The Tuscan Child by Rhys Bowen.

The Tuscan Child by Rhys Bowen

Bowen’s historical novel, The Tuscan Child, is a gratifying read. 

The Tuscan Child by Rhys Bowen

Joanna and her father, Sir Hugo, couldn’t be more different. After his death, Joanna is startled to find a love letter to a woman in Italy. 

Intrigued, Joanna goes to San Salvatore in Italy, to discover more about her father’s life. She knew he had crashed while serving in World War II but she had not known the exact location, San Salvatore, a hill town in Tuscany.

Though there are no hotels in San Salvatore, Joanna finds a comfortable place to stay. She feels at home with Paola’s family until a strange event occurs. Someone has drowned one of the local men in the well near Joanna’s rented room.

Police think Joanna, a foreigner, is suspicious, even though she insists she has nothing to do with the man’s murder.

Renzo, the son of a rich landowner in San Salvatore, has a connection to her father and the woman he names in the letter, Sofia Bartoli. Is he the “beautiful boy” her father mentions in the same letter?

The novel takes many twists and turns and Joanna learns what’s true and what’s false. 

At the Corpus Christi festival she beings to see Renzo in a new light.  Though she does not trust Renzo, something is drawing her and him together.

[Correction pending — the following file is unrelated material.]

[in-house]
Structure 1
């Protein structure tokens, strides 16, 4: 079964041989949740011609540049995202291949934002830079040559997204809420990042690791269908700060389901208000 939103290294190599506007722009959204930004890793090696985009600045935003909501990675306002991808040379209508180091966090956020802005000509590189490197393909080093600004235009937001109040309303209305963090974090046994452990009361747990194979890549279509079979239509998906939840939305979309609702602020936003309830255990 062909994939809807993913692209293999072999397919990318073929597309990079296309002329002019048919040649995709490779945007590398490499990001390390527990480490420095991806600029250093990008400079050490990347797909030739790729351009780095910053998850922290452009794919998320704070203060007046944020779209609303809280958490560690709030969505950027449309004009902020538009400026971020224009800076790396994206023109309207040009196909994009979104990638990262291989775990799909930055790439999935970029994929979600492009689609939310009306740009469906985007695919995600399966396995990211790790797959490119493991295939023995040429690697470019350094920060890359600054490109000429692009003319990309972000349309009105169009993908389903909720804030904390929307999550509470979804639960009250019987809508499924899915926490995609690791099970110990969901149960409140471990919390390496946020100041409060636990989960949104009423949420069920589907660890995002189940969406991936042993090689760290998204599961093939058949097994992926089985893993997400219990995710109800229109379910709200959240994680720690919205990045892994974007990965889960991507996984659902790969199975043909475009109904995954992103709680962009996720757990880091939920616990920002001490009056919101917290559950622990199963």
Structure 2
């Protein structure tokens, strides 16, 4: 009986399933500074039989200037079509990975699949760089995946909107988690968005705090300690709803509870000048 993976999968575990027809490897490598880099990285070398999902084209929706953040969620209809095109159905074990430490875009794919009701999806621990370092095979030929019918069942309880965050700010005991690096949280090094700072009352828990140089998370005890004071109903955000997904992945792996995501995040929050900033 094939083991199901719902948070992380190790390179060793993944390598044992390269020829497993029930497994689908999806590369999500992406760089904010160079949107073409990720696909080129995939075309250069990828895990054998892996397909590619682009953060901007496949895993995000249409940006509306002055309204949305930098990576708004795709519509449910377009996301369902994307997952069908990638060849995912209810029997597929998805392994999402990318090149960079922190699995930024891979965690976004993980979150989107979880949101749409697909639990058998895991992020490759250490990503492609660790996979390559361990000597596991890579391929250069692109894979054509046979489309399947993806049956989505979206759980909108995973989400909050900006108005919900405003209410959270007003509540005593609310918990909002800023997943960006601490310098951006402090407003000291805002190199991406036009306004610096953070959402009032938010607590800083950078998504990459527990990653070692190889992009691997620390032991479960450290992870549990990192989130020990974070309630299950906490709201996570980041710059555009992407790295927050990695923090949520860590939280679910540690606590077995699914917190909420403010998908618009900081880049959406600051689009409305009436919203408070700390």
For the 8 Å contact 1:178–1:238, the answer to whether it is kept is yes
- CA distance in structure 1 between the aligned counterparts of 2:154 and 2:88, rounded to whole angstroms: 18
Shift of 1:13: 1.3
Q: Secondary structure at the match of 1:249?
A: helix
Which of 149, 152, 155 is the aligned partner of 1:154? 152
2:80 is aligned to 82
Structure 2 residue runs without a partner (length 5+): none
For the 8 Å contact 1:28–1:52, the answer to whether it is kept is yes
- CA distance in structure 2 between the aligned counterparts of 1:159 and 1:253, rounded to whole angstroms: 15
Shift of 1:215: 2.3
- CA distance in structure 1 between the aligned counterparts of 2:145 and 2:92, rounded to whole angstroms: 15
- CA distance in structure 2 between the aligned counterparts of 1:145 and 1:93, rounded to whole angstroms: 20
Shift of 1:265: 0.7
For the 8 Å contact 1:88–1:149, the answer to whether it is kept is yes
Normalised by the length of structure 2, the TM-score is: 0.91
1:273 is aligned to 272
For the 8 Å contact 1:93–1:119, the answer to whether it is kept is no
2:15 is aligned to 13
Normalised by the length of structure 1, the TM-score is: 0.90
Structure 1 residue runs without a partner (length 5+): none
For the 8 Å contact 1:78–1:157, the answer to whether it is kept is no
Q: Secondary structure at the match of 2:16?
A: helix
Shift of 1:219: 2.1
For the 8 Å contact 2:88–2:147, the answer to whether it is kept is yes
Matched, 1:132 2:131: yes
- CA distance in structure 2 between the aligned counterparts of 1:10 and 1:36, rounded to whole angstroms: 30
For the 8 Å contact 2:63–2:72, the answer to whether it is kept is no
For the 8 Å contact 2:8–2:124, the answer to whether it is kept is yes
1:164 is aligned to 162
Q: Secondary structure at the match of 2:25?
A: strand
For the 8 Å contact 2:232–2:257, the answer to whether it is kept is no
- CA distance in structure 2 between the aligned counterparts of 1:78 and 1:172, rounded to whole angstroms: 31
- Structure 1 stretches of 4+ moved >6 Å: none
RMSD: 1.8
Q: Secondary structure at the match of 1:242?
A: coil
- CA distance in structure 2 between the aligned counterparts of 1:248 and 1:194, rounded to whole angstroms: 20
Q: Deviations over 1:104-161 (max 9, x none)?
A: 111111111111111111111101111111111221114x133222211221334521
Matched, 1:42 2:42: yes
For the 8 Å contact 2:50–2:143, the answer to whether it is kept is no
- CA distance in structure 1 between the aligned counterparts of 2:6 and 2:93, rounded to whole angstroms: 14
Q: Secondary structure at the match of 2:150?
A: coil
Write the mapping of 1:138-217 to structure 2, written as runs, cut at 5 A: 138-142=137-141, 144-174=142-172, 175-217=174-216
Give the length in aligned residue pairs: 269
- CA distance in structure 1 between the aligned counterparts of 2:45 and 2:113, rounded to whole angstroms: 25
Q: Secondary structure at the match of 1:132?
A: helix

This is a charming World War II story with light intrigue and light romance.

Quality of Silence by Rosamund Lupton

This is a novel that pulls readers in immediately because there’s so much at stake for Yasmin and her daughter, Ruby. The pair hope to rescue Matt, Yasmin’s husband and Ruby’s father, from an outpost in Northern Alaska that burned to the ground.

Despite a terrible childhood, Yasmin has found the love of her life in Matt whose adventurous spirit matches her own. Even with a few challenges–like her daughter’s disability and Matt’s tendency to wander, Yasmin believes in his love.

Police, however, have decided there are no survivors. Refusing to give up hope, Yasmin and Ruby make their way North by convincing a truck driver to take them to DeadHorse. From there they hope to take a taxi plane to Anaktue.

Yasmin takes matters into her own hands when he becomes ill; she drives the truck herself across dangerous icy roads.

Fans of psychological suspense will love Lupton’s foray into the world of ice trucking. This is a complex novel about motherhood, disability, and ethical choices.

On one hand, Yasmin has felt that becoming a mother (especially a mother to a child who is so vulnerable) has made her invisible:

“It shocked her to realize that for years she’d felt bland, dull even to herself. Around her, everyone else’s characters were clearly defined, the borders of their personalities etched sharply, but not hers. She’d had tasks and chores and love for Ruby, huge love for her, but how would she have described who she was? Somewhere along the line she’d lost the idea of herself.”